The influence of big money in politics has taken on special importance in the 2016 presidential election, as Hillary Clinton LAW ’73 has faced criticism for accepting donations from the country’s dominant financial firms.
But the issue is not strictly national in character. In City Hall Tuesday night, activists came together to discuss how to lessen the influence of money in politics on a local level. The public forum was organized by the New Haven Democracy Fund, a city organization that provides public funds to mayoral campaigns. Mayor Toni Harp attended the meeting to answer questions from community members regarding the future of public-election financing in the city, which activists in attendance claimed is crucial to civic engagement in New Haven.
Jared Milfred ’16, the chair of the fund, said the organization’s purpose is to ensure that all citizens are connected to city politics and engaged in civic life.
“Cities today are more important than ever,” he said. “People today are looking to their city governments to prove services like never before — but at the same time, people are very disengaged with city politics.”
Formed in 2007, the Democracy Fund is the only organization of its type in the state. Using a combination of block grants and matching funds, it gives public money to mayoral candidates if they agree to limit individual contributions to $370 and to accept no donations from political committees or businesses. Campaigns must receive donations from at least 200 city residents to be eligible for funding.
Though it currently covers only mayoral races, some activists have suggested expanding the fund to cover other races. Milfred said one goal of the fund going forward is to provide funding for elections to the Board of Education and City Clerk.
Various organizations have made expanding the Democracy Fund’s remit a priority of their activism in the coming year. Aaron Goode ’04, who works with the New Haven Votes Coalition, said the fund is a crucial part of civic engagement.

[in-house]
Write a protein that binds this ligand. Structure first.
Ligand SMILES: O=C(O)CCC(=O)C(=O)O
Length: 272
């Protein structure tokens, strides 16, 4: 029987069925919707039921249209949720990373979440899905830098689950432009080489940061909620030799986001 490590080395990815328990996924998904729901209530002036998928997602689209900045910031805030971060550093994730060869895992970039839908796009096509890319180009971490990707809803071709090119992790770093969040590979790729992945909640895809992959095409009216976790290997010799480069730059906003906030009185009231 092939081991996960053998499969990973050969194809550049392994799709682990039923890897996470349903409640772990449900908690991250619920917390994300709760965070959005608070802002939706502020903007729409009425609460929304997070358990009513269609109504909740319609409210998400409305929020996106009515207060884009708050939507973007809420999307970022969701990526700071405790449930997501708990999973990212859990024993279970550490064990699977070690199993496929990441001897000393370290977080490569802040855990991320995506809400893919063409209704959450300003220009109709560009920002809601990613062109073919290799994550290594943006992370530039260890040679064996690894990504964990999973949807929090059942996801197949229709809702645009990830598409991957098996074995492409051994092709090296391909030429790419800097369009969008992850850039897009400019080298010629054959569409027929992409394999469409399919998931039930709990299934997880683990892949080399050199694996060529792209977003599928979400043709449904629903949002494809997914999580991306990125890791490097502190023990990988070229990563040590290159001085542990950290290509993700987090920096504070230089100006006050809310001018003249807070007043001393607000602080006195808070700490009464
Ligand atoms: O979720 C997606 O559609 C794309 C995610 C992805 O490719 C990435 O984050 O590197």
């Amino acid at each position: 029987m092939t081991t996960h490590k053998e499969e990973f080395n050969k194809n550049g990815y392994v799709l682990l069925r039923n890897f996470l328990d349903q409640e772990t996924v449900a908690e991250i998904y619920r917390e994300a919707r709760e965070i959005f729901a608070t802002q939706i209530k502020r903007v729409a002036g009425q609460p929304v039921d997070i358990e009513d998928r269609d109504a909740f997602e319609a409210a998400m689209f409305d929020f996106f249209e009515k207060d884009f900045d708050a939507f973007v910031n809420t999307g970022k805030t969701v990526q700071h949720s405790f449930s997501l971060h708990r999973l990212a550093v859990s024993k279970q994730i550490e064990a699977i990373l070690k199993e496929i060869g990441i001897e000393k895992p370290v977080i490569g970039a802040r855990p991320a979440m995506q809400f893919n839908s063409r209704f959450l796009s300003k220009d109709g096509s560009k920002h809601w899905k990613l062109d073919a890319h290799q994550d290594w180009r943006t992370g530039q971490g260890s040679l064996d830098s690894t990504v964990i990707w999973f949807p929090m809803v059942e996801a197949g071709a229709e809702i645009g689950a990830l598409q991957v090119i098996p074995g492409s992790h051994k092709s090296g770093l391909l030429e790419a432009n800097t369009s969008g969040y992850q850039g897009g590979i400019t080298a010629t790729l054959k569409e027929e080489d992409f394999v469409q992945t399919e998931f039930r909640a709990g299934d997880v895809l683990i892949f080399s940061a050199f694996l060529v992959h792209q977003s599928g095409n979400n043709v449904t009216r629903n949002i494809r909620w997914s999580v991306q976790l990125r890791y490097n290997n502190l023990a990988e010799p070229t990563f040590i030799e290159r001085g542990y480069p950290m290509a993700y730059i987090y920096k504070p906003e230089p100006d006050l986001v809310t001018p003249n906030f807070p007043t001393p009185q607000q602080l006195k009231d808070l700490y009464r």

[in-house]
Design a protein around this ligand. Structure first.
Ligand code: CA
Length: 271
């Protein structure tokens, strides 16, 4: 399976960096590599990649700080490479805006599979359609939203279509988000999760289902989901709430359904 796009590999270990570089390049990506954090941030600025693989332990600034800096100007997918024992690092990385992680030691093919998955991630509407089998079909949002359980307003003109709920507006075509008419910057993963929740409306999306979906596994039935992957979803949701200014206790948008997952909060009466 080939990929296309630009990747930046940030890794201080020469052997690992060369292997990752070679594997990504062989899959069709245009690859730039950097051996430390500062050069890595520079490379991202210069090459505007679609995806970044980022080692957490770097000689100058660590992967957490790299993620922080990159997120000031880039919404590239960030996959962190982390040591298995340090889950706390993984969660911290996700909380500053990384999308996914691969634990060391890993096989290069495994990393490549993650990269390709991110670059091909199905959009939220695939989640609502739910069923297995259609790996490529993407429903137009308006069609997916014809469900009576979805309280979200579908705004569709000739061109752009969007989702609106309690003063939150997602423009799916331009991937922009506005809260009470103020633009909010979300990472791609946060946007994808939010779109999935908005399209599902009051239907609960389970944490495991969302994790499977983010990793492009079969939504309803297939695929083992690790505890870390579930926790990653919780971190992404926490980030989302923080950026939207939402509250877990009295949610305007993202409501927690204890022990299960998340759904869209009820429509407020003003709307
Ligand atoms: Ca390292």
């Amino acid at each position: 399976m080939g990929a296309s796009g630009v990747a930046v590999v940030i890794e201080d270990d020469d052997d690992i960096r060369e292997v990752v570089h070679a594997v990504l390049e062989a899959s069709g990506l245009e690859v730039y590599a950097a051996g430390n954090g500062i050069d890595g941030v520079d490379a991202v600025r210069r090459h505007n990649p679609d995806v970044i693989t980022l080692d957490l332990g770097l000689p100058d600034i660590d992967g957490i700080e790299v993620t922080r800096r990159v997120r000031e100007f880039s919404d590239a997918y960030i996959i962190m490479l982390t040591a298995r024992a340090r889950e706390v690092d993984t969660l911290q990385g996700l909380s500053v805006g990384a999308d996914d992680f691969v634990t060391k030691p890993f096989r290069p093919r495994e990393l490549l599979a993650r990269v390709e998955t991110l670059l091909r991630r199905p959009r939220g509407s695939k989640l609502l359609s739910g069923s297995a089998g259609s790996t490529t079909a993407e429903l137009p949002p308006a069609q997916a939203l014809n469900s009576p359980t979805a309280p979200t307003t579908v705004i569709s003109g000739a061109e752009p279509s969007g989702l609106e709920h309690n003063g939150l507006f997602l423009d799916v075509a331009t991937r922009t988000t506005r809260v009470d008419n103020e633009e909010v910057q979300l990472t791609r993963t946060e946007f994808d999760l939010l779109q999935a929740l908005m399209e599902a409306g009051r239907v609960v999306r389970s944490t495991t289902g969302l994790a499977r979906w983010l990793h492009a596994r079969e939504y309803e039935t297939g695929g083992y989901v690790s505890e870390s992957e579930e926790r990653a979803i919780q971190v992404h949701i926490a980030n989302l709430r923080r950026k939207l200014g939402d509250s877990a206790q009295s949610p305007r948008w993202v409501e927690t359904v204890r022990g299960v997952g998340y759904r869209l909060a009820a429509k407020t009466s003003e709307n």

“Democracy is not a spectator sport,” he said. “It doesn’t necessarily have to be a blood sport, either, but it’s not a spectator sport.”
Goode added that, at a recent conference he attended in New Hampshire, participants were “amazed” that New Haven has a municipal-level public-financing organization in addition to the state’s analogous fund.
Ugonna Eze ’16, who ran as a Republican for Ward 1 alder in November, said he would like to see the fund expanded to cover aldermanic races, a proposal that has been repeatedly discussed by the fund in past meetings. Eze said much of his campaign was spent fundraising — but that time could have been better spent talking to voters.
“The way we thought about this issue when we were running was that it’s not a Democrat or Republican issue,” he said. “What this fund is trying to push, I think, is ‘What kind of democracy do we want to see in New Haven as an end-goal?’ How do we lower the barrier for making it easier for people to get involved in city politics?”
Though Harp has been skeptical of the Democracy Fund in the past — in a 2013 mayoral debate, Harp said the Fund allows “sore losers” to run indefinitely — she praised its role in New Haven politics.
“I think it’s important that it exists, and it has certainly made our elections more vibrant over the years,” she said. “While I served in the State Senate, I was an advocate for the legislation that eventually led to the Citizen’s Election Program.”
The Citizens’ Election Program — the state’s analogue to the Democracy Fund — was another point of discussion at the meeting. A favorite of progressives in the state, the program’s future was put in jeopardy in late 2015 when the state Democrats proposed its suspension for the 2016 elections. After uproar within the party’s base, especially among young lawmakers, the party reneged on the proposal.
Cheri Quickmire, executive director of the advocacy group Common Cause in Connecticut, said the Citizens’ Election Program is a centerpiece of electoral reform in the state and can serve as a model for other states.
“One of the ways we [promote democracy], and continue to do that, is the CEP,” she said. “We go around the country and talk about our model, and people are just stunned that we have the level of participation we do.”